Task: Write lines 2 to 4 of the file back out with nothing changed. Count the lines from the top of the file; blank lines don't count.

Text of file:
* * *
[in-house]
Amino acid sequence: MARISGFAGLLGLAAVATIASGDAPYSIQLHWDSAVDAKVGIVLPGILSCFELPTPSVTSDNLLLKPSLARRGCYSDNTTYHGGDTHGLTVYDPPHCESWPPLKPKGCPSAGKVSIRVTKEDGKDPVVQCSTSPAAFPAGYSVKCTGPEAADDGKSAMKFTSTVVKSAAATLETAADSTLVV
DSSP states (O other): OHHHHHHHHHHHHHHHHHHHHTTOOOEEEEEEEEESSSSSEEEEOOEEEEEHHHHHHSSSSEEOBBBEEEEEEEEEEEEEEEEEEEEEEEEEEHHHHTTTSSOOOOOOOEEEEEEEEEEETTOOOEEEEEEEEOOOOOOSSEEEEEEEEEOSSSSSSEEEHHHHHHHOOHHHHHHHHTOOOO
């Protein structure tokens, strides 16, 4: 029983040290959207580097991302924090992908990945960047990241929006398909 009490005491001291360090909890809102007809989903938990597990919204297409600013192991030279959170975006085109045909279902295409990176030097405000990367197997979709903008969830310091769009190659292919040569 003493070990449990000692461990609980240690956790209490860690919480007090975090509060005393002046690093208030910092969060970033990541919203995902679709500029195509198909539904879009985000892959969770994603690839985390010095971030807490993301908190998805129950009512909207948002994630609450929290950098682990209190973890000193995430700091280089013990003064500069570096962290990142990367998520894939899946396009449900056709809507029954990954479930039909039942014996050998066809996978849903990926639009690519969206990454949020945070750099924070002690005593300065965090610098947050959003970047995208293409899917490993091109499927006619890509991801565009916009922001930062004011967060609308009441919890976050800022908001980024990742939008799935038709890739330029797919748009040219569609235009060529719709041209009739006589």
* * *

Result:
Amino acid sequence: MARISGFAGLLGLAAVATIASGDAPYSIQLHWDSAVDAKVGIVLPGILSCFELPTPSVTSDNLLLKPSLARRGCYSDNTTYHGGDTHGLTVYDPPHCESWPPLKPKGCPSAGKVSIRVTKEDGKDPVVQCSTSPAAFPAGYSVKCTGPEAADDGKSAMKFTSTVVKSAAATLETAADSTLVV
DSSP states (O other): OHHHHHHHHHHHHHHHHHHHHTTOOOEEEEEEEEESSSSSEEEEOOEEEEEHHHHHHSSSSEEOBBBEEEEEEEEEEEEEEEEEEEEEEEEEEHHHHTTTSSOOOOOOOEEEEEEEEEEETTOOOEEEEEEEEOOOOOOSSEEEEEEEEEOSSSSSSEEEHHHHHHHOOHHHHHHHHTOOOO
């Protein structure tokens, strides 16, 4: 029983040290959207580097991302924090992908990945960047990241929006398909 009490005491001291360090909890809102007809989903938990597990919204297409600013192991030279959170975006085109045909279902295409990176030097405000990367197997979709903008969830310091769009190659292919040569 003493070990449990000692461990609980240690956790209490860690919480007090975090509060005393002046690093208030910092969060970033990541919203995902679709500029195509198909539904879009985000892959969770994603690839985390010095971030807490993301908190998805129950009512909207948002994630609450929290950098682990209190973890000193995430700091280089013990003064500069570096962290990142990367998520894939899946396009449900056709809507029954990954479930039909039942014996050998066809996978849903990926639009690519969206990454949020945070750099924070002690005593300065965090610098947050959003970047995208293409899917490993091109499927006619890509991801565009916009922001930062004011967060609308009441919890976050800022908001980024990742939008799935038709890739330029797919748009040219569609235009060529719709041209009739006589």